The 407 was the first Bristol model to be produced after the car division  cut the umbilical cord  from  their parent company, the Bristol Aeroplane Company, becoming a private and autonomous concern

Bearing a strong resemblance to the 406, the most significant difference between the two models was that the  407 came fitted with a 5.1-litre engine, meaning it was capable of generating a  top speed of 125 mph (200 kph) making it the fastest Bristol to date, and by a long way.

The Bristol 407 was first shown at the 1961 London Motor Show to considerable fanfare from the UK motoring press with one of them going as far as describing Bristol's first model of the Sixties as ‘one of the world's great cars.'

The high production values Bristol set itself — and its customers expected — were not only maintained but the 407 was favourably compared with the best that Aston Martin, Jaguar, and Jensen were producing in the early Sixties as well as the finest of Italian exotica.

Bristol fitted the 407 for the first time with a Chrysler engine, although they had reportedly been considering the possibility of installing a 'Firepower' unit into a 405 in the mid-Fifties. 

For a variety of reasons, a line had been drawn under the further development of a proposed 3.6-litre engine, codenamed Type 160 in 1958, and new development of the 2-litre for road use had peaked with the Type 110 fitted in the 406. 

Chrysler's development and release of their small-block V8 with a compatible automatic gearbox could not have been timed better.  

Not only did the compact Canadian Chrysler 5130cc `A' series deliver its power smoothly, but the 'A' series engine's characteristics were perfectly matched to the use of the Torqueflite three-speed automatic transmission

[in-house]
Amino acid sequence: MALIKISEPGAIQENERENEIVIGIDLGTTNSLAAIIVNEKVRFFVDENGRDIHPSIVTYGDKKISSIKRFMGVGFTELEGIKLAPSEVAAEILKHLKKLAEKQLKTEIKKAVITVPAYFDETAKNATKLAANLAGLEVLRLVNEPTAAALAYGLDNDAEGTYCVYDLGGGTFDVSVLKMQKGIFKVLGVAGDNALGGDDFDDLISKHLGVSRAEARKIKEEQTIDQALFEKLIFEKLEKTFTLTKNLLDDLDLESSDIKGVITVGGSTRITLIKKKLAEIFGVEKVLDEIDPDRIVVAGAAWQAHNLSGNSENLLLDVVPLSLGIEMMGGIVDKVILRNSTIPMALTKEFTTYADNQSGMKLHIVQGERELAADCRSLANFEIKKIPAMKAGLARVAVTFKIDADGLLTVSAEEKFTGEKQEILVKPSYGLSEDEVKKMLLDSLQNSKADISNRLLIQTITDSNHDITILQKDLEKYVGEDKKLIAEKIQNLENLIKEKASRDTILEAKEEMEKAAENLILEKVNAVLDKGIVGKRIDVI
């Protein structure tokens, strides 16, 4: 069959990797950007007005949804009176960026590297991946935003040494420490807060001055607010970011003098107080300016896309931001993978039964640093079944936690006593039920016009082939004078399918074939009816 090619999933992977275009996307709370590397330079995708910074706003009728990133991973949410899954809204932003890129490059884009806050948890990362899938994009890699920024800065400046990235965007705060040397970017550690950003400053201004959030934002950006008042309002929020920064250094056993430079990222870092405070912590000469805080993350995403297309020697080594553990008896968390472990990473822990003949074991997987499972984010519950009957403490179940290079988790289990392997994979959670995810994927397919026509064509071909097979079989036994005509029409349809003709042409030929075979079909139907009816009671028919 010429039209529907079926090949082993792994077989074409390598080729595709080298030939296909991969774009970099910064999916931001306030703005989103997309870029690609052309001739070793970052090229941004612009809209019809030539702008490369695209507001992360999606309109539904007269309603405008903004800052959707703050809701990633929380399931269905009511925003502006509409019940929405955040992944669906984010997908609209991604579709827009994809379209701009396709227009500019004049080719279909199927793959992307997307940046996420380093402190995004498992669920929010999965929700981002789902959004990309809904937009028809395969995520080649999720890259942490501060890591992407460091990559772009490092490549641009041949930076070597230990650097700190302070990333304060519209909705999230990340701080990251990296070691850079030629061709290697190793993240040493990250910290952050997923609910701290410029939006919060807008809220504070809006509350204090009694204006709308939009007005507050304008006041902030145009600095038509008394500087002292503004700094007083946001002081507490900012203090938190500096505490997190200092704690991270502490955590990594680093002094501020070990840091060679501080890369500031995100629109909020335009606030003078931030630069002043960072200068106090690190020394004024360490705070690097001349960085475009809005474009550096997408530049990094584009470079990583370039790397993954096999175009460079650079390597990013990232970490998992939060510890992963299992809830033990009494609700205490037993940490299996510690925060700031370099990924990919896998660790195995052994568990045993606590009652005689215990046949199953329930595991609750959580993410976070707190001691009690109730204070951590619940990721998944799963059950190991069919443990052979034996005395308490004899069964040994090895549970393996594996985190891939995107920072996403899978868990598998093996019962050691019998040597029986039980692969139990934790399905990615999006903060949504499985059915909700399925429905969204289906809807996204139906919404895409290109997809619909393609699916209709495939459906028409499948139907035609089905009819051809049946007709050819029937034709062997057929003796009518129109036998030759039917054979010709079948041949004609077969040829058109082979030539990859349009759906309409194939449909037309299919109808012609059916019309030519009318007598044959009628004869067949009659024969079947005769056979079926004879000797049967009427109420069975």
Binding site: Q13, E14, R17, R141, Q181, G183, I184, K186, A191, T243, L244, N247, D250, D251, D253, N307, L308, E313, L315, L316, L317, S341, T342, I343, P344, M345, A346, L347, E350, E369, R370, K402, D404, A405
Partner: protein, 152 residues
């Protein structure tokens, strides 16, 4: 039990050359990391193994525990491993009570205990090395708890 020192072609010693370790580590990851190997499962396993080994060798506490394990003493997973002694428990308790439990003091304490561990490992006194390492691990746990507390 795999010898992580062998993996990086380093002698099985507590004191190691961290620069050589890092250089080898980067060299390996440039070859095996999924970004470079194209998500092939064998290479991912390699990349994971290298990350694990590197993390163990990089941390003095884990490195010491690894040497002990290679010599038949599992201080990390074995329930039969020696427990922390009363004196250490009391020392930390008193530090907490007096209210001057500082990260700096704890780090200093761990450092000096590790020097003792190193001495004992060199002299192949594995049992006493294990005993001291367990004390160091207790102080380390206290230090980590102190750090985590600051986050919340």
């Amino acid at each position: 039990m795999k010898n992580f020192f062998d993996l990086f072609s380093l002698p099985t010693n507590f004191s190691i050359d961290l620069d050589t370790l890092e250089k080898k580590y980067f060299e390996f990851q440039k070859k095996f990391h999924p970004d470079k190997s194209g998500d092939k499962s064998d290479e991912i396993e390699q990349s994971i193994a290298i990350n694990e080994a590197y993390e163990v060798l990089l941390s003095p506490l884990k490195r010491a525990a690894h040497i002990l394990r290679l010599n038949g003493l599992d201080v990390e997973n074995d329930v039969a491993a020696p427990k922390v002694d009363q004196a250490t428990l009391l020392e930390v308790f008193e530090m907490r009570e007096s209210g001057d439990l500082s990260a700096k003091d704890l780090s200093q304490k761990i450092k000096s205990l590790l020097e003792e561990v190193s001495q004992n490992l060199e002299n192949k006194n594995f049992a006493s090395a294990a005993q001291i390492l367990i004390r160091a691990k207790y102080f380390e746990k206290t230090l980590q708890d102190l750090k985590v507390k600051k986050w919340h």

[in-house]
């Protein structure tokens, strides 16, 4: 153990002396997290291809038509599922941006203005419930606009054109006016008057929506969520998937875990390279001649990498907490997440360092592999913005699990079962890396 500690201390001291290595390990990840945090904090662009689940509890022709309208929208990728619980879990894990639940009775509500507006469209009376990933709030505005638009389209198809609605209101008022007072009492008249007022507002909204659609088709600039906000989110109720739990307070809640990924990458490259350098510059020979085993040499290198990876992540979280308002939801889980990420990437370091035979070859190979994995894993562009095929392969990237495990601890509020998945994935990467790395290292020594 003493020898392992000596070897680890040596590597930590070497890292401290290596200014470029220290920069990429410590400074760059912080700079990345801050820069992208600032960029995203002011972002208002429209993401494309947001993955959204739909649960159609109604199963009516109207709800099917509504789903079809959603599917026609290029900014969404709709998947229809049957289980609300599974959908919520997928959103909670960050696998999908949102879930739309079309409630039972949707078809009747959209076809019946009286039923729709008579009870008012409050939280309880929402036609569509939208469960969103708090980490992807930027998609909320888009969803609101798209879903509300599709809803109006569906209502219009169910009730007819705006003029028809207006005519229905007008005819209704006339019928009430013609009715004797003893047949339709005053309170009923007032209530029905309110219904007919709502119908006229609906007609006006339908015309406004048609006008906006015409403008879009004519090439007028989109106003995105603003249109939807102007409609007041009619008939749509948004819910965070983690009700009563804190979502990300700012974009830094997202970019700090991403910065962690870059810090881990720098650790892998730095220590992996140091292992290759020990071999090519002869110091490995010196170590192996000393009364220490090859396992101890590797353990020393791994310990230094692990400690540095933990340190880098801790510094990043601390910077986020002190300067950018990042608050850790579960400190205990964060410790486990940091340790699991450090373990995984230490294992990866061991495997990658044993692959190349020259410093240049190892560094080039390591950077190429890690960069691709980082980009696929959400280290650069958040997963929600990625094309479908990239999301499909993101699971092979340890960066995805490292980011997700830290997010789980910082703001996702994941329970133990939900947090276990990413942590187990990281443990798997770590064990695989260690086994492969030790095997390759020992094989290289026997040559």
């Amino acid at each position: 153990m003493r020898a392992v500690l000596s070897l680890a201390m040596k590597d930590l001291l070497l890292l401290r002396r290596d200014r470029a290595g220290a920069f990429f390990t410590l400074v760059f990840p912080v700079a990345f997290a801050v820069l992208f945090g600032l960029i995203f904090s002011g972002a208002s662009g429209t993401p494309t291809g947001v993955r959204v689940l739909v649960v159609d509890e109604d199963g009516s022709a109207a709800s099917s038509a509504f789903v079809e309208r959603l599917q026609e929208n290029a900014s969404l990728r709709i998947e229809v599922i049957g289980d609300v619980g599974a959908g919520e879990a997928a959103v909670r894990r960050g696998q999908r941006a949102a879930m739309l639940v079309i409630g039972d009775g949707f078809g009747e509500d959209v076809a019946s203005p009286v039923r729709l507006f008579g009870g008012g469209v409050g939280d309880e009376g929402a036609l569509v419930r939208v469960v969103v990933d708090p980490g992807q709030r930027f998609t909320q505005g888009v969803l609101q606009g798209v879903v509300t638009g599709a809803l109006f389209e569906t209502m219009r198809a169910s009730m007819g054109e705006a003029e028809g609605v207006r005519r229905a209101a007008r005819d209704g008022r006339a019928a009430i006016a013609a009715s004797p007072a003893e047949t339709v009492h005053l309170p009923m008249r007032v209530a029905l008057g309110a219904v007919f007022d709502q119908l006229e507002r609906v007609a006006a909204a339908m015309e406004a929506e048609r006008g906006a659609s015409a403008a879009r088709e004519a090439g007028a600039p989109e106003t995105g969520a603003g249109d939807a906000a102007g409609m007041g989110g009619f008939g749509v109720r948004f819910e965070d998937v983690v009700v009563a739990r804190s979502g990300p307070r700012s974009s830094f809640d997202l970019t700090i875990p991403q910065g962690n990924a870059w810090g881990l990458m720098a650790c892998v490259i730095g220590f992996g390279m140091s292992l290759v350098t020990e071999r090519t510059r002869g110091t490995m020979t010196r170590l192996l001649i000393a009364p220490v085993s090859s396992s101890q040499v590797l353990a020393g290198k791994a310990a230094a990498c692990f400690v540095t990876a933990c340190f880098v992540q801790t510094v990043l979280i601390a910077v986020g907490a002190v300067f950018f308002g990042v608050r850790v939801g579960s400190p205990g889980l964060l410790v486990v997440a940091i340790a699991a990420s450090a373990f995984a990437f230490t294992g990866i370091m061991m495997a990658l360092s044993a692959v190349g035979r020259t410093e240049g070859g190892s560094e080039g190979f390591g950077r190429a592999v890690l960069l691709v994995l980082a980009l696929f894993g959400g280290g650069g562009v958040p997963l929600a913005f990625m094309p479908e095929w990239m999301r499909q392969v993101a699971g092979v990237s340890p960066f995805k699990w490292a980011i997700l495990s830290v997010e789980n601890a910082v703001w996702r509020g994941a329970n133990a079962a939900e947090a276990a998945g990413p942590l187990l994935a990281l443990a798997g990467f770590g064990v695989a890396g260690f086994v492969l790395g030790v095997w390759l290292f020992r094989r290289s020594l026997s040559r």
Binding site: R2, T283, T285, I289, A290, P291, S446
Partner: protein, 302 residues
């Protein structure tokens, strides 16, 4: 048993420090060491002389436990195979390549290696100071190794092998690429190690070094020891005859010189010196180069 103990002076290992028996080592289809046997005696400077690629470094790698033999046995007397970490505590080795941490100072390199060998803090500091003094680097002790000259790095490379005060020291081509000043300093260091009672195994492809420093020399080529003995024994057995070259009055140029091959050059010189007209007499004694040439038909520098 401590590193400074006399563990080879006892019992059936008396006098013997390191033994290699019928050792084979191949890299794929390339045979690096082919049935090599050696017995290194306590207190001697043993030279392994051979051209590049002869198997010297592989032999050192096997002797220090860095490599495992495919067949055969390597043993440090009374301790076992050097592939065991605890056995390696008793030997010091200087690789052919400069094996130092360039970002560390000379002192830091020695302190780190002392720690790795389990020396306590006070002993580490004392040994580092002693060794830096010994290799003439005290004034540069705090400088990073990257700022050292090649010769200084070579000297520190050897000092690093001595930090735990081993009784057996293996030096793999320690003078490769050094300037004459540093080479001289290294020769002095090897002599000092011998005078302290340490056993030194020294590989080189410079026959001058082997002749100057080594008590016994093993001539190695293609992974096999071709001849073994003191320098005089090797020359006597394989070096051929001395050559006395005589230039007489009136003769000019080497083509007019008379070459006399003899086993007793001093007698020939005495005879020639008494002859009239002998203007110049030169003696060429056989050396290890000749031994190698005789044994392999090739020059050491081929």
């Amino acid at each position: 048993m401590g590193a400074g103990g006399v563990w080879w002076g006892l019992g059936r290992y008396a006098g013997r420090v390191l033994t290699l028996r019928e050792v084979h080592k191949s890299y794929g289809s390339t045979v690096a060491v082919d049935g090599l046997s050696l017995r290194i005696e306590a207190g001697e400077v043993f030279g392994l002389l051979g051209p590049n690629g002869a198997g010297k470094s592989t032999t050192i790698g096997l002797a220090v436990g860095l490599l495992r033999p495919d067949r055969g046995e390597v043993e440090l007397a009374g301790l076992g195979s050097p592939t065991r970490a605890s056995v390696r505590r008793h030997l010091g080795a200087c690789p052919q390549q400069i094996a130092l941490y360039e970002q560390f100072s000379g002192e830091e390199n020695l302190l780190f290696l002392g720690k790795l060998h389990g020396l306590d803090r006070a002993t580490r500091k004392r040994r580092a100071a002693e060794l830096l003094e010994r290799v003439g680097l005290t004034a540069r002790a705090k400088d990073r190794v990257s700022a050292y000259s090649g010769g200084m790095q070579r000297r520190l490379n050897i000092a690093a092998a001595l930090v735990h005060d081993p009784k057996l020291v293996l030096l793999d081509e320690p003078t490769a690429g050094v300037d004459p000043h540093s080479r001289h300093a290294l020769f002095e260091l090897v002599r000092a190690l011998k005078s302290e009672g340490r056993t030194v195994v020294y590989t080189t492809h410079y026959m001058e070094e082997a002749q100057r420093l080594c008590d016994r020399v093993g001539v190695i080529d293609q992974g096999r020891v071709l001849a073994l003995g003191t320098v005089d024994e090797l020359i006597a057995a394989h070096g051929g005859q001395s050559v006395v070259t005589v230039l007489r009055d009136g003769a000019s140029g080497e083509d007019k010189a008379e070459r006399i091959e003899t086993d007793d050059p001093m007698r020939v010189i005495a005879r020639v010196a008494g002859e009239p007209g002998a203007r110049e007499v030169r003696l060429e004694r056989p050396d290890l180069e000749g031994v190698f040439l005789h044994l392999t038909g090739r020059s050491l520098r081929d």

Chrysler's Torqueflite, first introduced in the USA in 1956, had quickly gained a reputation for being one of the best automatic gearboxes in the business. When fitted to the 407, it provided 'effortlessly lively top-gear performance.'

To accommodate the bulk and weight of the new engine and transmission, it was necessary for Bristol to make specific detail changes to the chassis.

The frame consisted of two box-section side members braced by three cross members, on to which the reshaped floor panels were welded.

At the rear, above the back axle, the fuel tank was supported by its own structure.

The boot framework integrated with the rear frame, the same as on the 406. Changes for the 407's chassis came at the front end, where a new box-section cross member supported the wishbone and coil spring assemblies of the front suspension.

The less cumbersome design was also able to support the front of the engine.

The 407 chassis, with the fuel tank supported at the rear, and wishbones and coil springs at the front backed up by a new box-section cross member.

The cam and peg steering was less precise than the rack and pinion set-up used on previous models.

Slipping the under the 407's bonnet increased its engine capacity over the 406 by 130 per cent for a weight increase of only 20 per cent.

With the new engine, maximum power jumped by 135 per cent to 250 bhp at 4,400rpm.

Once again the 407 was based on the classic British two-door sports saloon bodywork, this time produced for Bristol by   Park Royal Vehicles Ltd, with an aluminium body over a steel frame.

At the front, the more substantial air intake featured a more Pegasus emblem. Lighting consisted of Lucas sealed headlamps with sidelights and direction indicators below the complementary fog and spot lamps flanked the massive chrome bumper with stout riders added to the front-end.

 At the rear, taillights and indicators were separate, reversing lights, according to the UK motoring press 'powerful and very efficient.

 The space saved from having to fit in a  cumbersome spare wheel meant that the 407’s illuminated boot was large enough to swallow the luggage of all the car's driver and a maximum of three passengers.

The 407 was the recipient of the highest praise from the motoring press, because of the quality and integrity with which it had been built.

With the success of the 407, Bristol had walked away from the threat of closure, in the process creating a well-balanced performance car, offering fast, safe transport for the Sixties.  

Back to the homepage- and don't spare the horsepower.

Back to the homepage- and don't spare the horsepower.